Barnburner, by Erin Hoover
BARNBURNER by Erin Hoover is the winner of the 2017 Elixir Press Antivenom Poetry Award. Contest judge, Kathryn Nuernberger, had this to say about it: "The epigraph to BARNBURNER is a call to burn it all down: 'According to an old story, there was once a Dutchman who was so bothered by the rats in his barn that he burned down the barn to get rid of them. Thus a barn burner became one who destroyed all in order to get rid of a nuisance.' There is honesty in this epigraph, raw and brutal, like the narrative voices in Erin Hoover's poems. But there's an irony at play here, an irony perhaps borrowing a bit from the ironies of Frost's 'Mending Wall': these poems don't burn down the cruelties of a homogeneous, racist patriarchy. Instead, they make a muse of it. A muse that can be objectified, stripped bare, and put on a pedestal for all to scorn. Hoover fridges that muse so that one speaker of a heroine after another is vaulted by the shock of such violence into a journey of personal discovery. There are mean-spirited, ruthless characters in these poems and, in a kind of reverse Bechdel test, Hoover wipes away their inner lives and never lets them talk to each other about anything except those they have hurt."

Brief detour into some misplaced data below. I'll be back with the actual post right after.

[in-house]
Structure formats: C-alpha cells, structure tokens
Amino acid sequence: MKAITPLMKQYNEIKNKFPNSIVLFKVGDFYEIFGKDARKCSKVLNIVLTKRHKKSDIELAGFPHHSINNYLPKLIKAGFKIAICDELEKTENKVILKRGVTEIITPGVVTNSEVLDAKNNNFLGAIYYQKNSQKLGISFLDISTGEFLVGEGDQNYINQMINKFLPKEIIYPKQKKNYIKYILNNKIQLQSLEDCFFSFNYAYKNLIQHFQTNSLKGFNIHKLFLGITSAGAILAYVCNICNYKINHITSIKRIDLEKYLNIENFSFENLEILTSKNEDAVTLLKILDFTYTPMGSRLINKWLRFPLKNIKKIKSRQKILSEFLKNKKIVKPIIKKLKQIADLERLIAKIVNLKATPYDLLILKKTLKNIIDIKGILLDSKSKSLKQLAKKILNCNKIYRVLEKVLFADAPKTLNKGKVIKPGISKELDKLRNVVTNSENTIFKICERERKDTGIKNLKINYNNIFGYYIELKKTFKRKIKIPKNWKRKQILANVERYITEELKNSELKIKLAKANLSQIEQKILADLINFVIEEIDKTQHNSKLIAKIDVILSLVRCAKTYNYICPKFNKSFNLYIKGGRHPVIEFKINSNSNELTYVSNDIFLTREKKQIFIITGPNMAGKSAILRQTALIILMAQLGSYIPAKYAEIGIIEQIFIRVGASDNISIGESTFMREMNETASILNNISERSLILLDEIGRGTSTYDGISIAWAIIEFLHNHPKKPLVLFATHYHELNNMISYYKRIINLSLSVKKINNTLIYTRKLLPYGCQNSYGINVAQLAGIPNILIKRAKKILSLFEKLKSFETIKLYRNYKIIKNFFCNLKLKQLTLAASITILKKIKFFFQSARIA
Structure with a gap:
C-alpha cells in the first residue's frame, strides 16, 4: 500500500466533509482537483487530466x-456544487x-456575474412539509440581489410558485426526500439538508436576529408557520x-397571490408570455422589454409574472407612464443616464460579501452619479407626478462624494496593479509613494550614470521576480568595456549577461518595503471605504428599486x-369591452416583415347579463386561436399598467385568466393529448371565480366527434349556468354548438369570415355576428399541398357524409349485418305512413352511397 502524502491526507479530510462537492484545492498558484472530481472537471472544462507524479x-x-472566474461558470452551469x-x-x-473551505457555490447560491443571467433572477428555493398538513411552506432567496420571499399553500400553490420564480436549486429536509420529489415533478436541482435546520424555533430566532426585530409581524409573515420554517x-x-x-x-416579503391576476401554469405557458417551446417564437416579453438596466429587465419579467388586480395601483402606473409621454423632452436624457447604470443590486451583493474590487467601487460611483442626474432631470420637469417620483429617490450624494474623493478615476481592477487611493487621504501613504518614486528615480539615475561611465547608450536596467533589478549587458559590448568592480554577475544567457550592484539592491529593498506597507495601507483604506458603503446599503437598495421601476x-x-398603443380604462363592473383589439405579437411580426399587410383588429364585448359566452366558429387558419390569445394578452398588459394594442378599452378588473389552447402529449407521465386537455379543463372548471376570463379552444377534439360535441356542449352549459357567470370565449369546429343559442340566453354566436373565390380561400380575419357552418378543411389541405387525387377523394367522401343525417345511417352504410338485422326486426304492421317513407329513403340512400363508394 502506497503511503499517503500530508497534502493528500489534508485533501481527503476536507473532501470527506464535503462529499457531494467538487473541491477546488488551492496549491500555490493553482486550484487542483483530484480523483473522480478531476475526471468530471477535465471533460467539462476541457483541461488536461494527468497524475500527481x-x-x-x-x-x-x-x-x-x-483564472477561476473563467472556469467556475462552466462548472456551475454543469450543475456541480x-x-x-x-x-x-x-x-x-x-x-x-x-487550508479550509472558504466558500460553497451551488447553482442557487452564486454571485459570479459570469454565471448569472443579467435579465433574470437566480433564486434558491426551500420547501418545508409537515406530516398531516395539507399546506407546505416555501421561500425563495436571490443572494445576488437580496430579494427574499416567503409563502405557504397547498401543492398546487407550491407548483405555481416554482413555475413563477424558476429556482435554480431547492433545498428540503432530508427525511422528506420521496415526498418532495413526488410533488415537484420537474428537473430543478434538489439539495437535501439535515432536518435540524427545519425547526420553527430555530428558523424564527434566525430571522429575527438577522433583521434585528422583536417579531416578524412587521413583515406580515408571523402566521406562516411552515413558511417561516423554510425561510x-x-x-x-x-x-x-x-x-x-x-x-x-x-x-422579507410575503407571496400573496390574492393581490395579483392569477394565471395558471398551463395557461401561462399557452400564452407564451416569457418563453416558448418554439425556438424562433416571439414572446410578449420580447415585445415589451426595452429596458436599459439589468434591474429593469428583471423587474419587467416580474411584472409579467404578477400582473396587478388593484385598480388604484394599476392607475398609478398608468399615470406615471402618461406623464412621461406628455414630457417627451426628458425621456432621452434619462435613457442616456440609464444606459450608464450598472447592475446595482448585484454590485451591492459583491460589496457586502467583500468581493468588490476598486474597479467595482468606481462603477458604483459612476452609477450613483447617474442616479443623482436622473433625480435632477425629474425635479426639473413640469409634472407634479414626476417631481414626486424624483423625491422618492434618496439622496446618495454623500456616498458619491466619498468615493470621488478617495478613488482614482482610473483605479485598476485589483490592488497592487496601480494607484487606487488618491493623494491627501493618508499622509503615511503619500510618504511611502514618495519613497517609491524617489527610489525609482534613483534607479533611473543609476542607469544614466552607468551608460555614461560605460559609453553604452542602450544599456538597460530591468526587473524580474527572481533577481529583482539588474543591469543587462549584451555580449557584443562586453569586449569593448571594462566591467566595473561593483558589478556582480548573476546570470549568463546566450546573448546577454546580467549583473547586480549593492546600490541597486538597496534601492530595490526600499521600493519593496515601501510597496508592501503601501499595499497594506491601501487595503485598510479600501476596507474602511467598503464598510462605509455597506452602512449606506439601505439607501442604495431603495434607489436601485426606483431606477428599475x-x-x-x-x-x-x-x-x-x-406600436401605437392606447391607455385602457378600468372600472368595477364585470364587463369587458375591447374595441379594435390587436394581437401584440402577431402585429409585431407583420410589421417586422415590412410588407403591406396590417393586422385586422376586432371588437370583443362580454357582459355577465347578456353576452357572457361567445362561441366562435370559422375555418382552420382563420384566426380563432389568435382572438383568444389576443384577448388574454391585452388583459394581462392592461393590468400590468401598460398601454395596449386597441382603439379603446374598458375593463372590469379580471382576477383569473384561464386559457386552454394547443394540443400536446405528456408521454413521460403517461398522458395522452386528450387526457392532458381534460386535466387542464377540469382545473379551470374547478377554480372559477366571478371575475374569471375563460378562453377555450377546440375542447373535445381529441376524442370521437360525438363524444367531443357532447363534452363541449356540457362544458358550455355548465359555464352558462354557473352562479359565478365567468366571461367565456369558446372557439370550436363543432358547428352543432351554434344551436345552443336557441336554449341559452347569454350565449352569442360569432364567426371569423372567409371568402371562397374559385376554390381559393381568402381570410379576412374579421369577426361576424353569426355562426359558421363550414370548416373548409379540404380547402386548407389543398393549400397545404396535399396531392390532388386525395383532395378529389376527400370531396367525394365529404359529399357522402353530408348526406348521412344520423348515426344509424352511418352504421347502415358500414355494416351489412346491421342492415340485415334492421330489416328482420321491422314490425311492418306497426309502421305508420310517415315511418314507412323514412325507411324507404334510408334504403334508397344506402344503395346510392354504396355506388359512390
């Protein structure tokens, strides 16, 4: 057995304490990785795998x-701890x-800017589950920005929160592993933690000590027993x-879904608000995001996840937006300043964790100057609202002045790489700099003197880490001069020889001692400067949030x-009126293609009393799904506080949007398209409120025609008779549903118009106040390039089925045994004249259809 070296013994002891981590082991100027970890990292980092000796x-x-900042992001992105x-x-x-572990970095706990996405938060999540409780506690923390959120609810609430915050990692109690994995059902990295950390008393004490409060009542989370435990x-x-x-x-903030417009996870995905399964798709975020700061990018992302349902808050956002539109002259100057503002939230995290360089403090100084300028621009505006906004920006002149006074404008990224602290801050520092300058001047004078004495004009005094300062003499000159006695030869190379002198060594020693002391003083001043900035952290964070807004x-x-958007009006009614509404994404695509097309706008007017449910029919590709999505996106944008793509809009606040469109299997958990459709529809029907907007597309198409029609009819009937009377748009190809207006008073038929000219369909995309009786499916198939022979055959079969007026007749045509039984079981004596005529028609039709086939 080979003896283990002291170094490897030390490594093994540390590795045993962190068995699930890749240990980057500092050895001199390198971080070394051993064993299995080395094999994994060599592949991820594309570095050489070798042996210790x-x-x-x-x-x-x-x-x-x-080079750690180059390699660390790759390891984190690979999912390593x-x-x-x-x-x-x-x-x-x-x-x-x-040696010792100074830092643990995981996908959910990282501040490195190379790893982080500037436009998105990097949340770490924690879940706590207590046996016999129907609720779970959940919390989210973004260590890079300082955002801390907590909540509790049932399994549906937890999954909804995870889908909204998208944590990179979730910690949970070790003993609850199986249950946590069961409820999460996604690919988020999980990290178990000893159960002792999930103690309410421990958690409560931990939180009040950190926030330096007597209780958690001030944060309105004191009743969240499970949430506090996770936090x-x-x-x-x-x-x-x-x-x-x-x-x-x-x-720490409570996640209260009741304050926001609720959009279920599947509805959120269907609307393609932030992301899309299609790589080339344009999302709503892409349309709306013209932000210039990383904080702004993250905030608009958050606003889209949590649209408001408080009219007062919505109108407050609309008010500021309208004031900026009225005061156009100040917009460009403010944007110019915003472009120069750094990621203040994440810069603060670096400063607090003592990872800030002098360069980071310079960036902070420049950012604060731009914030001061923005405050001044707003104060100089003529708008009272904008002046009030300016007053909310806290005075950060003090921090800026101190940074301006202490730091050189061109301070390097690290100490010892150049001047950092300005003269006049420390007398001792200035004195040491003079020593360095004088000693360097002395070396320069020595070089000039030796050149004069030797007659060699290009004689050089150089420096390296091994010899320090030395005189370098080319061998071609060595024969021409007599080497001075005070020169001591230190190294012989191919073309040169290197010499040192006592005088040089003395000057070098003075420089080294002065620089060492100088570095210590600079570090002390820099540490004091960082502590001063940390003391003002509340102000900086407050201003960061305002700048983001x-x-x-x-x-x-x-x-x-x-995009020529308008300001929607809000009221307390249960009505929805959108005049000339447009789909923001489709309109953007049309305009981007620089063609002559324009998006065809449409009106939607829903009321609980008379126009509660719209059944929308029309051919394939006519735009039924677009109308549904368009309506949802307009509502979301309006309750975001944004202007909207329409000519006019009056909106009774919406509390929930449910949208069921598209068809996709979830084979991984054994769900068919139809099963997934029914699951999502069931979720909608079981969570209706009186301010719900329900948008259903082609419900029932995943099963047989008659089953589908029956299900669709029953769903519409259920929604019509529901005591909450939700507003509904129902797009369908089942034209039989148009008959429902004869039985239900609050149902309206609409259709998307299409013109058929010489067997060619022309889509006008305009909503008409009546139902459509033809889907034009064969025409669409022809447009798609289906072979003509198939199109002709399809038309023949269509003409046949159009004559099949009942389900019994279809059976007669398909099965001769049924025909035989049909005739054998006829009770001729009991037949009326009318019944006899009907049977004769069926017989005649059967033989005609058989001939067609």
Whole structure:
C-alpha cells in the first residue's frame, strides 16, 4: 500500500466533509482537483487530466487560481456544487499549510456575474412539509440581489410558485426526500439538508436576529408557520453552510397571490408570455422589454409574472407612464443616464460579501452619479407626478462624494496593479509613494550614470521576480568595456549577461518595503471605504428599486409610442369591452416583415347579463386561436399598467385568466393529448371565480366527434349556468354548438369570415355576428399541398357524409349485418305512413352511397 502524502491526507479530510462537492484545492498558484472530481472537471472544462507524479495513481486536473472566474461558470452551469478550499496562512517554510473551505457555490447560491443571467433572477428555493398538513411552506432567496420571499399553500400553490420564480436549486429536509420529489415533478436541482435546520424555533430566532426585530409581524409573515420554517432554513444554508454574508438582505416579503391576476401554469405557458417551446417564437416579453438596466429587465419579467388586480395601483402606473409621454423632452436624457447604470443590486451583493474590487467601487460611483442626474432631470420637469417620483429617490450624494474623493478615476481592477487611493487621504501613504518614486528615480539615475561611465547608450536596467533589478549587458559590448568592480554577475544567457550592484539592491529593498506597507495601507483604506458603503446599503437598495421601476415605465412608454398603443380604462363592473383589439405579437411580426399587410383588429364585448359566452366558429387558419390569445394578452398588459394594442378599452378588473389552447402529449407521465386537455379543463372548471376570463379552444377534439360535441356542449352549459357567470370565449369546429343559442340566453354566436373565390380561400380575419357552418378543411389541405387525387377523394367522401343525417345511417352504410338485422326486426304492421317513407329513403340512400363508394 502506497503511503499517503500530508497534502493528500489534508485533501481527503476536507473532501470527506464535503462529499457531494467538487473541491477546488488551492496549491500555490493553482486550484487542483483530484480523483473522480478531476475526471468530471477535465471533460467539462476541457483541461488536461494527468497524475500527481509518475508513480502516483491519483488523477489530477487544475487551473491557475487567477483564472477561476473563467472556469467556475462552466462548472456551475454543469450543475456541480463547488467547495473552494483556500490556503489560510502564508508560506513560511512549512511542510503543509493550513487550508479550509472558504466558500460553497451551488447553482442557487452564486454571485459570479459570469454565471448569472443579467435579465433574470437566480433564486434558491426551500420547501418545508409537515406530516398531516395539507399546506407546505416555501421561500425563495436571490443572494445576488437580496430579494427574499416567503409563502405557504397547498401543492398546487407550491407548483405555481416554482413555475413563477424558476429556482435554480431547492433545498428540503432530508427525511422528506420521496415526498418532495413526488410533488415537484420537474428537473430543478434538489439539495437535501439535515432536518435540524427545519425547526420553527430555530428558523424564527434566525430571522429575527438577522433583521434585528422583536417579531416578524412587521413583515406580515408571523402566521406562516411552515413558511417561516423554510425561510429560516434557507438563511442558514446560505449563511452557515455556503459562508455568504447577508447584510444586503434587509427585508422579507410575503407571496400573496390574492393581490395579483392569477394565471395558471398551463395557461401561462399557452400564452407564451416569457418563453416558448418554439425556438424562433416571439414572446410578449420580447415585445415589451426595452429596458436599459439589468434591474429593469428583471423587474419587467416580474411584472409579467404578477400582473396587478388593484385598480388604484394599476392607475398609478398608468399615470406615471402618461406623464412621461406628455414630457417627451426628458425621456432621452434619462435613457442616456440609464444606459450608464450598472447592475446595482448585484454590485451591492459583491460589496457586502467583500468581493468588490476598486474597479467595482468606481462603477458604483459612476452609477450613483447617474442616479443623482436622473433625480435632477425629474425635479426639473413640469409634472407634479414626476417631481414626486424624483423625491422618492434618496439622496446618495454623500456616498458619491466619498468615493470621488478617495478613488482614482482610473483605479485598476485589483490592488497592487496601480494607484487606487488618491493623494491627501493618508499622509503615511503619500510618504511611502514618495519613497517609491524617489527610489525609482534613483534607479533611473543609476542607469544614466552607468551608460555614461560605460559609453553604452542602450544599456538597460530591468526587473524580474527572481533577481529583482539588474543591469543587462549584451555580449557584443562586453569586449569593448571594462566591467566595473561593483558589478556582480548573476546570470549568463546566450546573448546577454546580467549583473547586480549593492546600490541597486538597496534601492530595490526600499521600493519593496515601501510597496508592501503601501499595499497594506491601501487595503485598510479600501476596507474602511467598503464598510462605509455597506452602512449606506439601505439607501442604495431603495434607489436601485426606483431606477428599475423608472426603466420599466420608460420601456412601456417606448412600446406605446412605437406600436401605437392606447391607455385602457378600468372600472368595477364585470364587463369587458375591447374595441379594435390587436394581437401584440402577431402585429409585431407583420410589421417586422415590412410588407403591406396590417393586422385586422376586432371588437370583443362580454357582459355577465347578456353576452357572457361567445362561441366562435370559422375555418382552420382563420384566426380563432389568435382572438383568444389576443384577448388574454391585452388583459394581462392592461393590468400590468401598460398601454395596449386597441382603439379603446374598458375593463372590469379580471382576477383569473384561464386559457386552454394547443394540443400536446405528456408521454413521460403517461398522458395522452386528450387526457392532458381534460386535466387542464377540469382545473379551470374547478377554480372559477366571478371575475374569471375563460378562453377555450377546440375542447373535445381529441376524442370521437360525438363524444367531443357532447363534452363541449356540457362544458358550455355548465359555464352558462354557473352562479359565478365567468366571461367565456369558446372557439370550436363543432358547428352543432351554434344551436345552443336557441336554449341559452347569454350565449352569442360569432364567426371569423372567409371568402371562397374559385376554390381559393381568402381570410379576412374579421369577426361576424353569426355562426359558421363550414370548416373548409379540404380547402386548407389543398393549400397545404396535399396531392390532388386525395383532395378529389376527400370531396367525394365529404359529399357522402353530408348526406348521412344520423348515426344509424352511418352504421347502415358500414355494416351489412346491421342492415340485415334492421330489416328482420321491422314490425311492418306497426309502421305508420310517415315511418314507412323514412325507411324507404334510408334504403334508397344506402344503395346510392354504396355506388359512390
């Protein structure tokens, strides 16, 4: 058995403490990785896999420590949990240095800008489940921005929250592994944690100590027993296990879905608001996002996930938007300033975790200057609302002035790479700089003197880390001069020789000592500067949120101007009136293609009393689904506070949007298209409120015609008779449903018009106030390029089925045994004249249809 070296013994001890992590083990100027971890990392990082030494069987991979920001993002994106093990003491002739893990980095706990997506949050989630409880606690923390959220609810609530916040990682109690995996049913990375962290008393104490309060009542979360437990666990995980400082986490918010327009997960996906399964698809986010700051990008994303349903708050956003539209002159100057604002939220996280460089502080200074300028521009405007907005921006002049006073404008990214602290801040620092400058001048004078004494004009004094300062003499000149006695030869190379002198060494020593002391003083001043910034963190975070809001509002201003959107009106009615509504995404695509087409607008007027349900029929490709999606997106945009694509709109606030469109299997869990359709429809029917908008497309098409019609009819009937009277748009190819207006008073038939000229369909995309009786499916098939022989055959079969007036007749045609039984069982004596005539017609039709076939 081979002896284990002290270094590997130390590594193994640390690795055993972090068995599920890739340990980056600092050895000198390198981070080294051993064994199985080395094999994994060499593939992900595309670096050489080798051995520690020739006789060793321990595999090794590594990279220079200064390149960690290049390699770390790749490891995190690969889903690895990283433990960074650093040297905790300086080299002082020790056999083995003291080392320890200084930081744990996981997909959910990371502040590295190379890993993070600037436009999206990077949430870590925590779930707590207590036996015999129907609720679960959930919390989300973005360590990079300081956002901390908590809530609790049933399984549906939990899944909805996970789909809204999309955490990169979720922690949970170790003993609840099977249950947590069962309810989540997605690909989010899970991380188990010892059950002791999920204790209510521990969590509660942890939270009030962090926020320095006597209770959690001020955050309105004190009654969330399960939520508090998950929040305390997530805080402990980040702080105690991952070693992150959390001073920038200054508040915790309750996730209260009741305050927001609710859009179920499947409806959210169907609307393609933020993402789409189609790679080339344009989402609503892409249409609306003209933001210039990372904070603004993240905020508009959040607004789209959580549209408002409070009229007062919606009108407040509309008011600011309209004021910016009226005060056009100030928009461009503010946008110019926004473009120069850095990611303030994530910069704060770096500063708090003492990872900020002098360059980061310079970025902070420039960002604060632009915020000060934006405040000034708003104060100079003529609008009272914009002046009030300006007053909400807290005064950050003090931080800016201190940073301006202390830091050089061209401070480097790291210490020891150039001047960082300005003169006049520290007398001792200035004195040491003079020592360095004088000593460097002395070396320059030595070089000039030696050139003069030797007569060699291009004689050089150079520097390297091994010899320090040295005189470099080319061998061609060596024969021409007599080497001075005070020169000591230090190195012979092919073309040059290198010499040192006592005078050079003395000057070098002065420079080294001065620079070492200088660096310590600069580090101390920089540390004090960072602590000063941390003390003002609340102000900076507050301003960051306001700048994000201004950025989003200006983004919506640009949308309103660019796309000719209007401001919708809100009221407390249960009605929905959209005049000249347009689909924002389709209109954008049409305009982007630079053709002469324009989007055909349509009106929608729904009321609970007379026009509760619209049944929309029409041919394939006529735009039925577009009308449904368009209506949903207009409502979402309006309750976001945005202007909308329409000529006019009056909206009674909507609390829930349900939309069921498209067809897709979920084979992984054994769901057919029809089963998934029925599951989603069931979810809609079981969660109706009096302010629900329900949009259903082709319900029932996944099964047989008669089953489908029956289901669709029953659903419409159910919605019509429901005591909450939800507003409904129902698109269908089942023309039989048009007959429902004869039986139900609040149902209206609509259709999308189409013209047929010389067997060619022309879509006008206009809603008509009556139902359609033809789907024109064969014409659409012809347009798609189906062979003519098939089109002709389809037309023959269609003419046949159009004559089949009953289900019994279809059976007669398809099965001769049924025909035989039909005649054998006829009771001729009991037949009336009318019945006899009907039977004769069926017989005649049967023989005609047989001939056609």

Erin Hoover was born in Harrisburg, Pennsylvania. Her poems have appeared in The Best American Poetry and Best New Poets, and in journals such as Prairie Schooner, Narrative, Alaska Quarterly Review, and Pleiades. She earned a Ph.D. from Florida State University and now lives in Tallahassee, Florida, where she teaches writing.